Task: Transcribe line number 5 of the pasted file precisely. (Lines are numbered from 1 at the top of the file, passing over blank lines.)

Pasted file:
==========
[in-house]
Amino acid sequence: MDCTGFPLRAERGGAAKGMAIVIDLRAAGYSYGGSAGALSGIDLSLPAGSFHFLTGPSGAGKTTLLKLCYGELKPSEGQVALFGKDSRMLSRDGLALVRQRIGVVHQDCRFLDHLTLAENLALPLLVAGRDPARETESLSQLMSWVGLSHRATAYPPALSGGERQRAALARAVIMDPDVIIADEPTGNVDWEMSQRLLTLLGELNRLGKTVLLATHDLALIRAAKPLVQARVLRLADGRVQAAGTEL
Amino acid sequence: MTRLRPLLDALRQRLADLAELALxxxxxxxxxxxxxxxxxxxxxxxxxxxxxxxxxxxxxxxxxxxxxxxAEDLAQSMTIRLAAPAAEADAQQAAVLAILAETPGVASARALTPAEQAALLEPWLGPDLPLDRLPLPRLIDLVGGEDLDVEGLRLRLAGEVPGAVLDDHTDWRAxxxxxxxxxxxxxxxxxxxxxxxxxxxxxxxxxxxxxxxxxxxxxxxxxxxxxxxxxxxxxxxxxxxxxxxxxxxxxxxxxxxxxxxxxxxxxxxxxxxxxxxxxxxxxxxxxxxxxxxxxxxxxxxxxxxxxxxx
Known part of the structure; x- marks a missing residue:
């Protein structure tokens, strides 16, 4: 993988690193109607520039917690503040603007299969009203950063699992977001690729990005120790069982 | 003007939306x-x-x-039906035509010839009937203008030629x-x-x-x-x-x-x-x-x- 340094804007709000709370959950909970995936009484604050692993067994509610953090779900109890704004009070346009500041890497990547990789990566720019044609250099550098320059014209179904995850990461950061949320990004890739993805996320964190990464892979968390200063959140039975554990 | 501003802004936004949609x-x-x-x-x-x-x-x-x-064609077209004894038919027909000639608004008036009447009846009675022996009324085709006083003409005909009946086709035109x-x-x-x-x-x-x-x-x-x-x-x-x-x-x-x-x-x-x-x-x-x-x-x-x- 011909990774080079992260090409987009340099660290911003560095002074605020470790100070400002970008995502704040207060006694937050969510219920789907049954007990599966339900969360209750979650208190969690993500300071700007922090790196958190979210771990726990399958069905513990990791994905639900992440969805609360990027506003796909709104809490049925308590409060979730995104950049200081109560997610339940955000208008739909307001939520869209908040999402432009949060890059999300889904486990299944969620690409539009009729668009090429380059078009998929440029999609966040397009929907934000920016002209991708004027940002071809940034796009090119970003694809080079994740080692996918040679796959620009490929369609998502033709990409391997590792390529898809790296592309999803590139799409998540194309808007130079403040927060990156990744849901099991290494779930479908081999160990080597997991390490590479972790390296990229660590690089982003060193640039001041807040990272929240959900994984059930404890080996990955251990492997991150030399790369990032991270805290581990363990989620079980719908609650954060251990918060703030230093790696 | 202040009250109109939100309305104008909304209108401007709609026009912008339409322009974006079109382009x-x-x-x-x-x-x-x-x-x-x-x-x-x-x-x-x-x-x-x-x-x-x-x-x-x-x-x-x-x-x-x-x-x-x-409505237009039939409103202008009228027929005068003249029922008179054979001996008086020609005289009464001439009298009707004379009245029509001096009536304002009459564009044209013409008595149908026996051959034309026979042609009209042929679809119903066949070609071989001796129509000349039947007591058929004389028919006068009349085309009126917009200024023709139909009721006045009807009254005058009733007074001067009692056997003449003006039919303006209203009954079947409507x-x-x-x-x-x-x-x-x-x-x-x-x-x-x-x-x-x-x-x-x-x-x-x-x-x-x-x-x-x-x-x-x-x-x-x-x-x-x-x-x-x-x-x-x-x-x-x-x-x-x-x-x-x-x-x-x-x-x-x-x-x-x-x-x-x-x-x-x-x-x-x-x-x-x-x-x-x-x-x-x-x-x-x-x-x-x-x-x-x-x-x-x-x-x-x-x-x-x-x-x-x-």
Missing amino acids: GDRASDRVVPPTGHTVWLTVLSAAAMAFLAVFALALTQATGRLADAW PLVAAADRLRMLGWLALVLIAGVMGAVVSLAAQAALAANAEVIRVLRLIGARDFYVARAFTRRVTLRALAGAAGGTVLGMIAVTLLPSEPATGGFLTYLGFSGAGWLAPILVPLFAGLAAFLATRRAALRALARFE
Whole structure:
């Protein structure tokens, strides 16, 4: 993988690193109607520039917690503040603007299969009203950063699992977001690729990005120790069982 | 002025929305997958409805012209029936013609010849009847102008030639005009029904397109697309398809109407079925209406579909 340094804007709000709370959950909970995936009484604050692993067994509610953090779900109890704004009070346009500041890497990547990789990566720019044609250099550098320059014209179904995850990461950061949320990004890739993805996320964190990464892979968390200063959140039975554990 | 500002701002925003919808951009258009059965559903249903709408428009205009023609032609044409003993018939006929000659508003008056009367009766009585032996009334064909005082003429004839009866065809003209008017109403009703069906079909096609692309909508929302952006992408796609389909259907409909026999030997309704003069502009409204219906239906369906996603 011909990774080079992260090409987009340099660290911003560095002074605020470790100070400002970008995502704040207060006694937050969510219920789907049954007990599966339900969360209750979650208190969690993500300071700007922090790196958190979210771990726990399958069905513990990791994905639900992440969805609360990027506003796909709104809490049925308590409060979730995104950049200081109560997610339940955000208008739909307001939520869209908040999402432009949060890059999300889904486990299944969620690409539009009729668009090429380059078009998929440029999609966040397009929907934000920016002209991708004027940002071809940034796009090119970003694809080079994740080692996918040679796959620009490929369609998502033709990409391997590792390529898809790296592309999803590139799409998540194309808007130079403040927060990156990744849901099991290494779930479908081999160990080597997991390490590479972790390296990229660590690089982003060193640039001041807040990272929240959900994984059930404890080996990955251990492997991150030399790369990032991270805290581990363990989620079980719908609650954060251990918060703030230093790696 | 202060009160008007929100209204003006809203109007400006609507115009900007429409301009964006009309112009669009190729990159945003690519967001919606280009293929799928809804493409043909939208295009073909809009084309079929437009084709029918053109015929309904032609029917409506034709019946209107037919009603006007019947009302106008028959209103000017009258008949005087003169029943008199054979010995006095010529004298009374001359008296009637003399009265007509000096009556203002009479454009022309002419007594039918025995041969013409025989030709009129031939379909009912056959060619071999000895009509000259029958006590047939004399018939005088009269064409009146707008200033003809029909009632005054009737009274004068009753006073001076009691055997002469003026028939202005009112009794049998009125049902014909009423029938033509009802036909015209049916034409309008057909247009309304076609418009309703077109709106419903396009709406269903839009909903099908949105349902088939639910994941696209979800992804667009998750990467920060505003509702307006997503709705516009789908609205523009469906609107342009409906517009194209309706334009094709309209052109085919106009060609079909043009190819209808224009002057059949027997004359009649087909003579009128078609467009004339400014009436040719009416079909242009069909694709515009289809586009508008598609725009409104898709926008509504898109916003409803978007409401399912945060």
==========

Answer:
């Protein structure tokens, strides 16, 4: 993988690193109607520039917690503040603007299969009203950063699992977001690729990005120790069982 | 003007939306x-x-x-039906035509010839009937203008030629x-x-x-x-x-x-x-x-x- 340094804007709000709370959950909970995936009484604050692993067994509610953090779900109890704004009070346009500041890497990547990789990566720019044609250099550098320059014209179904995850990461950061949320990004890739993805996320964190990464892979968390200063959140039975554990 | 501003802004936004949609x-x-x-x-x-x-x-x-x-064609077209004894038919027909000639608004008036009447009846009675022996009324085709006083003409005909009946086709035109x-x-x-x-x-x-x-x-x-x-x-x-x-x-x-x-x-x-x-x-x-x-x-x-x- 011909990774080079992260090409987009340099660290911003560095002074605020470790100070400002970008995502704040207060006694937050969510219920789907049954007990599966339900969360209750979650208190969690993500300071700007922090790196958190979210771990726990399958069905513990990791994905639900992440969805609360990027506003796909709104809490049925308590409060979730995104950049200081109560997610339940955000208008739909307001939520869209908040999402432009949060890059999300889904486990299944969620690409539009009729668009090429380059078009998929440029999609966040397009929907934000920016002209991708004027940002071809940034796009090119970003694809080079994740080692996918040679796959620009490929369609998502033709990409391997590792390529898809790296592309999803590139799409998540194309808007130079403040927060990156990744849901099991290494779930479908081999160990080597997991390490590479972790390296990229660590690089982003060193640039001041807040990272929240959900994984059930404890080996990955251990492997991150030399790369990032991270805290581990363990989620079980719908609650954060251990918060703030230093790696 | 202040009250109109939100309305104008909304209108401007709609026009912008339409322009974006079109382009x-x-x-x-x-x-x-x-x-x-x-x-x-x-x-x-x-x-x-x-x-x-x-x-x-x-x-x-x-x-x-x-x-x-x-409505237009039939409103202008009228027929005068003249029922008179054979001996008086020609005289009464001439009298009707004379009245029509001096009536304002009459564009044209013409008595149908026996051959034309026979042609009209042929679809119903066949070609071989001796129509000349039947007591058929004389028919006068009349085309009126917009200024023709139909009721006045009807009254005058009733007074001067009692056997003449003006039919303006209203009954079947409507x-x-x-x-x-x-x-x-x-x-x-x-x-x-x-x-x-x-x-x-x-x-x-x-x-x-x-x-x-x-x-x-x-x-x-x-x-x-x-x-x-x-x-x-x-x-x-x-x-x-x-x-x-x-x-x-x-x-x-x-x-x-x-x-x-x-x-x-x-x-x-x-x-x-x-x-x-x-x-x-x-x-x-x-x-x-x-x-x-x-x-x-x-x-x-x-x-x-x-x-x-x-």